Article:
While researching on development challenges confronting Bhutan, GNH Commission (2011) have highlighted the importance of participation in the development of this country. The research has looked at importance of participation in terms of three milestones; environmental preservation, good governance and socio-economic progress. However, the study argues that Bhutan currently stands at the midpoint of these milestones as there have been poor structures for participation of international communities and actors who can steer it to its 2020 Vision. Therefore if these actors are allowed to participate; economic landscape of the country will be transformed and continued investments in sufficiently harnessing Bhutan’s comparative advantage especially on its hydropower production. Comparing this case with recent incidence in Zimbabwe where President Robert Mugabe was reluctant to allow international community’s participation in public policy steering, it now remains that the country is failing to broaden its economy which was once supported by a thriving horticulture as well as organic oriented high value agriculture sector from Western Province (Batley et al. 2012).

Allowing participation in developing countries means allowing structures that advocate for and promote good governance. First, this study recognizes that the definition of good governance still remains multifaceted however, within the context of developing countries Hazenberg (2013) defines the concept as ‘complete governance reforms that aims at reducing poverty but encourage development’ (p. 26). In most cases, it has been noted that institutions making up developing countries are vulnerable, weak, and very imperfect. In other words, their decisions are marred by self-gains. It is from this perspective that allowing participation will bring two benefits. First, it will be a platform on which decision-making process for developments are not constricted by individual gains. Secondly, allowing participation from international actors will correct the public organisations that have been bereft of resources. Hazenberg (2013) adds that allowing participation in this direction is not only a recipe for good governance but a route towards reduction of poverty that further overwhelms the commitment of even the most energetic reformers.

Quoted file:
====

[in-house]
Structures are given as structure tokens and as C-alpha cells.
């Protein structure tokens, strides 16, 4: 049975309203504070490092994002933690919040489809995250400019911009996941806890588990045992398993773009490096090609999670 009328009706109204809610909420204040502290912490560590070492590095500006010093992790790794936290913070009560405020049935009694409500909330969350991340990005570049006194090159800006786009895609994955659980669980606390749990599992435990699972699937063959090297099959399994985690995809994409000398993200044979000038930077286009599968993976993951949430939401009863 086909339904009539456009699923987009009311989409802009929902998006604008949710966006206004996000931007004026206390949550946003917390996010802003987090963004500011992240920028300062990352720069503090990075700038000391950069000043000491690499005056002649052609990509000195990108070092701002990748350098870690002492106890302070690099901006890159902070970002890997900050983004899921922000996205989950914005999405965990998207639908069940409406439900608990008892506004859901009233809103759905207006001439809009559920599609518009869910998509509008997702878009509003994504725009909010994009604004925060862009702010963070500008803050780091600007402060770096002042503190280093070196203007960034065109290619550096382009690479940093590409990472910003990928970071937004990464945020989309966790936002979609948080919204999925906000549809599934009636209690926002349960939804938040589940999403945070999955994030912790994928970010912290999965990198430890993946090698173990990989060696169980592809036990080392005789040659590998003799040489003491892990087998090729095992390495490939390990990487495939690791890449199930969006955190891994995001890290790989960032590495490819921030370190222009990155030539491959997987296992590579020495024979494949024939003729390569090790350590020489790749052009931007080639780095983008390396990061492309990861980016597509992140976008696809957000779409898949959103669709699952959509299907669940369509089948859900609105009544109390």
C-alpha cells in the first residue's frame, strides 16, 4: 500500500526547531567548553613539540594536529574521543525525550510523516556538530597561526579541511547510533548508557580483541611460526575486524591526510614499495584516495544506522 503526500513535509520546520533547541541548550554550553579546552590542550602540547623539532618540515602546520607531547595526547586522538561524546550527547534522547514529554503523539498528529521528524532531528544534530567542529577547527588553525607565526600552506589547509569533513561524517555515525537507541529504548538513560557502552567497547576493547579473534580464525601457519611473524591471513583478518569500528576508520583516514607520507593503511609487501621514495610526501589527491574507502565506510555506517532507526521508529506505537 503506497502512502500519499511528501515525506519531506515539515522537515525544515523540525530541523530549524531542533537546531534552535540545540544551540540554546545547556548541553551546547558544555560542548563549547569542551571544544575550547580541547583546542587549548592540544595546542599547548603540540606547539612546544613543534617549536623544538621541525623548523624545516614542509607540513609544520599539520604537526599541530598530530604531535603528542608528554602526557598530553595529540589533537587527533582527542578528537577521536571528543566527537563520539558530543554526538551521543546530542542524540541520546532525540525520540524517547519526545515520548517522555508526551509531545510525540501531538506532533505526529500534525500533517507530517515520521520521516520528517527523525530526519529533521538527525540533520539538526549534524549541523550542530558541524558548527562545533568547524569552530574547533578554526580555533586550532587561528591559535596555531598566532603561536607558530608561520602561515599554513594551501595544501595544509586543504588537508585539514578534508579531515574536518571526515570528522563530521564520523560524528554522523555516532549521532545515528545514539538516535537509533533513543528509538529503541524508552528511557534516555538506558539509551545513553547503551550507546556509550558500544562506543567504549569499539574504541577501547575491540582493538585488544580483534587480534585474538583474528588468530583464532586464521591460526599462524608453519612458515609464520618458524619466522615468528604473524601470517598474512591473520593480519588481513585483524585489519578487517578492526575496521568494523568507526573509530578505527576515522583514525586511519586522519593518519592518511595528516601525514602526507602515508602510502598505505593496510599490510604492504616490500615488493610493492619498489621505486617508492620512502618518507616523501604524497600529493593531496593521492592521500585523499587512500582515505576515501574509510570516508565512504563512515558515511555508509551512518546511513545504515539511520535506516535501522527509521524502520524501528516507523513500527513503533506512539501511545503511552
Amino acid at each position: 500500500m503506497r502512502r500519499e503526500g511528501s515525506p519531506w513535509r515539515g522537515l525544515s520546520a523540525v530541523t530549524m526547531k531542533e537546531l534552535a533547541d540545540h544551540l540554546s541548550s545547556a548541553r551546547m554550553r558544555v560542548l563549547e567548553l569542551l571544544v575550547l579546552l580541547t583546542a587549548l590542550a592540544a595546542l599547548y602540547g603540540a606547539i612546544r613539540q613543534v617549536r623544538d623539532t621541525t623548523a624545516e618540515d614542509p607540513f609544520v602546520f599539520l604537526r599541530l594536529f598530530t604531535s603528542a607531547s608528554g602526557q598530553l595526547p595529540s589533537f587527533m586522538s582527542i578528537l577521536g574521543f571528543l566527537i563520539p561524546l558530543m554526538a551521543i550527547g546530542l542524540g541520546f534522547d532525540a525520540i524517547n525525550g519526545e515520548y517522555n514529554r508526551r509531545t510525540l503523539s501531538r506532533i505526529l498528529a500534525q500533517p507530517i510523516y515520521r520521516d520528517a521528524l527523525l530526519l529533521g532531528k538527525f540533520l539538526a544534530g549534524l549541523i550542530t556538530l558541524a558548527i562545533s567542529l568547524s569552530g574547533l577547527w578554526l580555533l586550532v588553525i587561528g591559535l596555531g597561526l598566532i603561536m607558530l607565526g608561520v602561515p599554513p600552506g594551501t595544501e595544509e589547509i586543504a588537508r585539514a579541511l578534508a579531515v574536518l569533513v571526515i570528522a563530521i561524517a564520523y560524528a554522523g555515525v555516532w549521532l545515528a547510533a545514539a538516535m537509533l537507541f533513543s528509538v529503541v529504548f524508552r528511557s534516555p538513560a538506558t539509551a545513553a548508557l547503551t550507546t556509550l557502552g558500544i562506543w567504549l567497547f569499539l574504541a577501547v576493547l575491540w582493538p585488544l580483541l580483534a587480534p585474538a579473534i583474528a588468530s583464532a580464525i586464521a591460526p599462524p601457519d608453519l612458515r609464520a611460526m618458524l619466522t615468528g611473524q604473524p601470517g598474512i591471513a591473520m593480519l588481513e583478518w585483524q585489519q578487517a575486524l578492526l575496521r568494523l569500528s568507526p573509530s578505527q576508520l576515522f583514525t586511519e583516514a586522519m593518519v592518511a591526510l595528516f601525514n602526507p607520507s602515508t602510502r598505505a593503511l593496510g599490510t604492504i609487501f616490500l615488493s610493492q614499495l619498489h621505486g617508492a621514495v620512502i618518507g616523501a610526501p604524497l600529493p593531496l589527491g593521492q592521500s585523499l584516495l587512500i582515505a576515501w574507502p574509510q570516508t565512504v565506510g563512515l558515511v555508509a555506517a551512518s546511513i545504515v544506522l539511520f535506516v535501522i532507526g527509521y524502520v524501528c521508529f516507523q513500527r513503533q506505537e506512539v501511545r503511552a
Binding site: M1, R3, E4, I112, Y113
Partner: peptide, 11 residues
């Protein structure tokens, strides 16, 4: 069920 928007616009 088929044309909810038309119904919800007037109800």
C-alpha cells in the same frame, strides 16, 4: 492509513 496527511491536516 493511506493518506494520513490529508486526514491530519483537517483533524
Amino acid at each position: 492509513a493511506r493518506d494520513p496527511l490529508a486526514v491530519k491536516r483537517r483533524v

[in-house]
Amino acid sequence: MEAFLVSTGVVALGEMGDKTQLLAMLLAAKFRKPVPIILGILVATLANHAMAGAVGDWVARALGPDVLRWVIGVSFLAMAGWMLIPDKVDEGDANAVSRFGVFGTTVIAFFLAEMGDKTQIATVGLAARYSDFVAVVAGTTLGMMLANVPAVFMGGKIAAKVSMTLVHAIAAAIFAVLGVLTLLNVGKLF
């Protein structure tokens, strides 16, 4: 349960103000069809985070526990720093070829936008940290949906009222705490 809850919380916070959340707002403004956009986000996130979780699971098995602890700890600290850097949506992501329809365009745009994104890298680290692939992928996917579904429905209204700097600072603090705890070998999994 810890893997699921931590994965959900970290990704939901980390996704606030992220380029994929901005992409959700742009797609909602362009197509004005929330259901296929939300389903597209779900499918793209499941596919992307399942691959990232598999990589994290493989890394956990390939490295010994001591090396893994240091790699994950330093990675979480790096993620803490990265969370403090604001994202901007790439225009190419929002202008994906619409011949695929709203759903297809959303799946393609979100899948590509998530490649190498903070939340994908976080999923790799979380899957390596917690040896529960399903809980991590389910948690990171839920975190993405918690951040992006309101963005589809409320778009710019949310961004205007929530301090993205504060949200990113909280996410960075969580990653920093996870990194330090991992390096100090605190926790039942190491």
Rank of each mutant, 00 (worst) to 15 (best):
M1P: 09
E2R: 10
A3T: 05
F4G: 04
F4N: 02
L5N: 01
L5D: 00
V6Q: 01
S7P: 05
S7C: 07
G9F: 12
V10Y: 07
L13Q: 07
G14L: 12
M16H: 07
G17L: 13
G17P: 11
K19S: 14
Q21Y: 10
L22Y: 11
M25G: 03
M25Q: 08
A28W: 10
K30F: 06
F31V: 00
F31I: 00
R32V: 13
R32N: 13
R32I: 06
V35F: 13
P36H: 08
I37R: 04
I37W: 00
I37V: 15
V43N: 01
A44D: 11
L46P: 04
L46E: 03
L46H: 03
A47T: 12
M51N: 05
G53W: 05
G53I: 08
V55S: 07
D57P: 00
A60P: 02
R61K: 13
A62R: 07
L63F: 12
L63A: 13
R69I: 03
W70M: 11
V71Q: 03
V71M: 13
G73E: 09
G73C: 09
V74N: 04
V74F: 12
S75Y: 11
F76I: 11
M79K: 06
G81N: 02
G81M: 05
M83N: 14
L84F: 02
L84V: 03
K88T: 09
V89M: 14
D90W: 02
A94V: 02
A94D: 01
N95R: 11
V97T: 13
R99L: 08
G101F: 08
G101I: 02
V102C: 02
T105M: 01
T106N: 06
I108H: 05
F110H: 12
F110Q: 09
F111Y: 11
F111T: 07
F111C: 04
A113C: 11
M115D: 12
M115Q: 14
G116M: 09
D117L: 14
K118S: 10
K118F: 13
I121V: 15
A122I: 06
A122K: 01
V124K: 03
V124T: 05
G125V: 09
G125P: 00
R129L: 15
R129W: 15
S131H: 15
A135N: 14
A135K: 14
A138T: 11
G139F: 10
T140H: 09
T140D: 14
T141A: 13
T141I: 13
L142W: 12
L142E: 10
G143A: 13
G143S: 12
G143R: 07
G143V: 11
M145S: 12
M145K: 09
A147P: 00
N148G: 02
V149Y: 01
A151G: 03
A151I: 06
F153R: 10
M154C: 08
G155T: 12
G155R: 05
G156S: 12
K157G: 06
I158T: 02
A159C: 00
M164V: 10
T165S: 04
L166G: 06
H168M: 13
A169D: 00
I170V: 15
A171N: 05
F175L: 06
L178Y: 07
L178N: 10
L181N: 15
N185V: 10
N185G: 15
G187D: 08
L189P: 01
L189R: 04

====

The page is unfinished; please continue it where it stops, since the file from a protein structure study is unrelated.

Agendas that have been driven by scholars such as Lee (2014) is that process of poverty reduction can be the ultimate development process in developing countries. But what remains critical is that the process of poverty reduction is only possible if there will be combination of factors, starting with the decision to allow all actors to participate in policy designs and policy making process. Taking cases of countries such as South Africa, developing regimes need to put faith in the ability of human rights bodies, international organisations and international governments to propose socio-economic agendas for them. When this level of participation will be attained then it will be said that there was a set of interactions between various actors that ultimately led to productions of human resources necessary for poverty reduction.


Research on governance and politics in developing countries have mainly focused on how these countries design and develop policies mainly to drive-profiting agendas. In as much, little attention has been given on how participation can help these countries drive agendas that result in social, economic and political developments. Articles reviewed contribute to the debate on bottom-up and top-down process of accountability indicating that the most effective way of participation is to create systems where regimes accept to be accountable. Creating these regimes will ultimately allow these countries to fast-track process of development.


Batley, R., McCourt, W., & Mcloughlin, C. (2012). Editorial: Public Management Review. The politics and governance of public services in developing countries. Public Management Review, 14(2), 131-144.

Diedhiou, A. (2007). Governance for development: Understanding the concept/reality linkages. Journal of Human Development, 8(1), 23-38.

GNH Commission. (2011). Eleventh Round Table Meeting. Turning Vision Into Reality: The Challenges Confronting Bhutan.

Grindle, M. S. (2004). Good enough governance: poverty reduction and reform in developing countries. Governance, 17(4), 525-548.

Hazenberg, H. (2013). Is governance democratic?. Critical Review of International Social and Political Philosophy, (ahead-of-print), 1-23.

Lee, G. (2014). The evidence on bribery in East Africa is stacked against China-taking shortcuts that fuel corruption in the region, Chinese business interests will suffer in the long term: East Africa-issue in focus. Africa Conflict Monitor, 36-42.